Suddenly, the man was already up, nailed and almost naked. Both of his hands were punctured each with a nail that resembled those being used in fastening roofs, with a big head and slim body. Although, his feet were spared from the occasion.

He was up there for approximately 15 minutes which appeared to be a lot longer. We came to learn further bits of stories with some of the natives standing near us.
That the man have done so for the 15th time this year. It will also be his last. That his wife, never came to witness his husband suffering in the entire 15 years of his penitensya. That he excessively d
rink and when he is drunk, he bullies all people who come his way like a psycho criminal out from jail. That the one who hammered the nails through the hands and into the wooden cross, is the last existing soul from the original cast of yesteryears. That, in contrast, all of the persons being crucified are still alive.
Getting down and off the cross, I think is an excruciating sight to see, second only to the point of feeling the pain of flesh pierced by iron. The nails were believed to have been blessed by a priest prior the event. His face revealed much of the suffering. And his emotions never lied. His panata is now over as soon as the cross disappeared from our sight.

Monday, April 10, 2006

A night with the Queen

I just love eating. Don’t you?

Two Saturdays ago, while strolling along the old highways of Angeles city after a failed basketball exercise, we decided to spend the rest of that night dining in the infamous Aling Lucing’s sisig located, literaly, in the town’s defunct railroad tracks commonly known as “Crossing”.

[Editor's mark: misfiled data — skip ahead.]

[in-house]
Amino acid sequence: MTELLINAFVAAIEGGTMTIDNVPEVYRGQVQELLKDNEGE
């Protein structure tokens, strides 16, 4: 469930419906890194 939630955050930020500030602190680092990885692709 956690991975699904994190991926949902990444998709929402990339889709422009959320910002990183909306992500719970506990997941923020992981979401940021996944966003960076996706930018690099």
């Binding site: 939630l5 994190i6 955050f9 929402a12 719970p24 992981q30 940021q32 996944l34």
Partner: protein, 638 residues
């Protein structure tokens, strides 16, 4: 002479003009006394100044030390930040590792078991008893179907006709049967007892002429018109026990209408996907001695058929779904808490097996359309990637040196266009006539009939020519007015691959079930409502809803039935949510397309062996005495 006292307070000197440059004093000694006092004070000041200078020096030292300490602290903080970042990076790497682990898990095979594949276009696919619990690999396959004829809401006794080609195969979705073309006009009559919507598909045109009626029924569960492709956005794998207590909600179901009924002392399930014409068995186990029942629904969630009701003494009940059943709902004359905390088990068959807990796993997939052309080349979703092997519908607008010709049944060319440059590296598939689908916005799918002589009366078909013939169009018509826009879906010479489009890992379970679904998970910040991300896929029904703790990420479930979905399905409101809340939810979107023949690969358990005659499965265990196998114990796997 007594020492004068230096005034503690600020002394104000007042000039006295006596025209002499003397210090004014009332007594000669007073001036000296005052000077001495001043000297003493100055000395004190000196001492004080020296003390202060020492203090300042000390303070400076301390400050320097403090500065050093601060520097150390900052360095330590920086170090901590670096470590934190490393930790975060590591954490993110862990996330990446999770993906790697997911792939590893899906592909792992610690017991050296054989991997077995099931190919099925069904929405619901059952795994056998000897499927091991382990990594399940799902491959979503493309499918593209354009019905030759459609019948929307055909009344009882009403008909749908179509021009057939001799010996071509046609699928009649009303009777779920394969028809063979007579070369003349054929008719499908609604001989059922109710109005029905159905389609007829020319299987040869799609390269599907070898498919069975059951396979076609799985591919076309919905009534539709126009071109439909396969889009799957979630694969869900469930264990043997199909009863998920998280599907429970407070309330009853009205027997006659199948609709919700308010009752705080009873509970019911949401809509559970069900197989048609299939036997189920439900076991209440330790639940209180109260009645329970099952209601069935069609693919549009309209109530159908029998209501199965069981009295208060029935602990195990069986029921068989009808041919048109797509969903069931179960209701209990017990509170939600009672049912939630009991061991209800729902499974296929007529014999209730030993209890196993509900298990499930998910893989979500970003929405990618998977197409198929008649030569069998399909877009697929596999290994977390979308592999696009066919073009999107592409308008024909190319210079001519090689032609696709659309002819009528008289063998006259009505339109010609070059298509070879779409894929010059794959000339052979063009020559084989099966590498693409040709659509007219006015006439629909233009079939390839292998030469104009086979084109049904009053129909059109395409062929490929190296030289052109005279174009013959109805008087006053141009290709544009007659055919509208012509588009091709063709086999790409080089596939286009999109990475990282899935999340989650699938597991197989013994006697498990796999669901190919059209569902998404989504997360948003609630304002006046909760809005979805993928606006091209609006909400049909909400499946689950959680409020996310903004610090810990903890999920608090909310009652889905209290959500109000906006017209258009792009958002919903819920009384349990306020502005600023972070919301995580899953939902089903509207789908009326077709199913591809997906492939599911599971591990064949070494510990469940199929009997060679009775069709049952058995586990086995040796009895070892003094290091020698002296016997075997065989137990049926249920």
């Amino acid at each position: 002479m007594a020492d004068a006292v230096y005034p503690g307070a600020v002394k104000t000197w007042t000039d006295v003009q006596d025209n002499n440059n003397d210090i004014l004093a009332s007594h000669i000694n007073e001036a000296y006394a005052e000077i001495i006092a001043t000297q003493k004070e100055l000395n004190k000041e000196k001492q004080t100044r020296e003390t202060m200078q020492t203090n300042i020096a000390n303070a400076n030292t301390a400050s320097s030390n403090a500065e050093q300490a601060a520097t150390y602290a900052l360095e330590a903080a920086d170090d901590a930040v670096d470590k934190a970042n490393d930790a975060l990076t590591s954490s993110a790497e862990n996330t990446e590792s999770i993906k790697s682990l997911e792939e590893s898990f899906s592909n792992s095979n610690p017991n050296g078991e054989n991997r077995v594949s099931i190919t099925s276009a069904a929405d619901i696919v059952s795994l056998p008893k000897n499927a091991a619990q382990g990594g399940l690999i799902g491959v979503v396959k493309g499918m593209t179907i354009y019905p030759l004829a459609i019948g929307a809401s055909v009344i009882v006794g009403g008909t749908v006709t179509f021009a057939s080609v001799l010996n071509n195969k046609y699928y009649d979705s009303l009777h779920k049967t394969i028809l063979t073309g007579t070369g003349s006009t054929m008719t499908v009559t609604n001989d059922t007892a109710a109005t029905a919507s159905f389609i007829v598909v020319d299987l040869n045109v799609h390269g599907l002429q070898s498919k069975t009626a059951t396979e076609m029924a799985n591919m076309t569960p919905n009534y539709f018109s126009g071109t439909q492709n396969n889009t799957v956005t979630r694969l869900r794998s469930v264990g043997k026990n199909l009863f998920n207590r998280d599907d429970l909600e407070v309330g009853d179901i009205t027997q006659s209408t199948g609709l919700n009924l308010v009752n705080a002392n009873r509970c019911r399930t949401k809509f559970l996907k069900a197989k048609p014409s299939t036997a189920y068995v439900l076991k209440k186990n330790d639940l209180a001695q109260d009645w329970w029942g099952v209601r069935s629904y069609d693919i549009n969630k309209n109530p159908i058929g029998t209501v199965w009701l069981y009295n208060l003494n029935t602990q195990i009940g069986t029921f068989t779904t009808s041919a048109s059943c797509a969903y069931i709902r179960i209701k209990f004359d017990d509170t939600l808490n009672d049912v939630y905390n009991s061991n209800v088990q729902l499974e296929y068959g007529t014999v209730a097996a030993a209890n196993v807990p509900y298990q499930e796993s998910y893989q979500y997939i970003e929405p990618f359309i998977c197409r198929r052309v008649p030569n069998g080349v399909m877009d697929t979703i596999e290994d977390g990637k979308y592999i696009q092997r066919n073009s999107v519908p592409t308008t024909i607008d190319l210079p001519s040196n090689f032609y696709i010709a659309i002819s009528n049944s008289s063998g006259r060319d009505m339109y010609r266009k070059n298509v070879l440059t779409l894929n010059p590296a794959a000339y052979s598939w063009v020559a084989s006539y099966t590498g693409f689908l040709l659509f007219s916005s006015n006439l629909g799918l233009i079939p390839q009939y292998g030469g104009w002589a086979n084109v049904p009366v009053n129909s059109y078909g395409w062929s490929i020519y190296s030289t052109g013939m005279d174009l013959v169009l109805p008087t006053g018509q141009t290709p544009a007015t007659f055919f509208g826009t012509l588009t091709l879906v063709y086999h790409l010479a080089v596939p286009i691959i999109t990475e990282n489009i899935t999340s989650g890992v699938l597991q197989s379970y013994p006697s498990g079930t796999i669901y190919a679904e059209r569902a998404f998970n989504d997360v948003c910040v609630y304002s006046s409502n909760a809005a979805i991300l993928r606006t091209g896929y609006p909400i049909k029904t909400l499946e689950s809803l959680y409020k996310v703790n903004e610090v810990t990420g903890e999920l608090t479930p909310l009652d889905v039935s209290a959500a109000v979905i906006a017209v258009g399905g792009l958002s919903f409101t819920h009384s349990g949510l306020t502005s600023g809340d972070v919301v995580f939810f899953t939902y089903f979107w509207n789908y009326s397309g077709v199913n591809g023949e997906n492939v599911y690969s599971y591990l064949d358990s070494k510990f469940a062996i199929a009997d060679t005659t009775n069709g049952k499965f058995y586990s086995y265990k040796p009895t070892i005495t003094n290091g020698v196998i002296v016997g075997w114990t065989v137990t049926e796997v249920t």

Most of the old barkada were not around for unknown reasons. I was with evan and pizza and having witnessed the second serving of ice age made us starved and craved for food.
So, it came to mind the place I longed to go to. Aling Lucing, the Sisig Queen, familiar not only for kapampangans but also to famous people, (politicians, artists and celebs) and even renowned writers of our time, such as C. De Quiros.
Even if I have lived more than two decades in the city of angels, it was just my second time embracing the place. The first one is already a memory. All I can remember is the taste of sisig sprinkled with chilis and how it was chopped into bits and pieces while being grilled in hot flaming coal and fire.
This time, I took ample chance adapting with the ambiance and gained as much as detail of the home-along-da-riles turned restaurant. The walls were made into a canvas of newspaper and magazine clippings showcasing write ups and articles describing how delicious the original sisig is. Monoblocs were enough fixture to rest your behind while savoring the smoke that sizzled from the freshly served platter of mild spiced diced meat and earlobes. A tv was setup to keep those who are ordering and on queue entertained. Best of all, grills, cooks and meat are situated nearby, you can almost see how the food is prepared and readied to perfection.
Although I was adamant in consuming more than I could, I failed to resist the inviting created by the beautiful scene right before my eyes when the orders came. Without remorse, I chew, bit, knawed, nibbled and tasted the juicy meat. Carefully ate away the inihaw na tilipia aided by the helping fork. A stick of pork barbecue dressed with red sauce was enough to complete the whole set amounting only to about 300 pesos for the three of us.
Aling Lucing, whoever she is, didn’t have a hard time convincing me with her self imposed title, the Sisig queen. She only need to wave her scepter and make sure that every sizzling serving is worth the wait.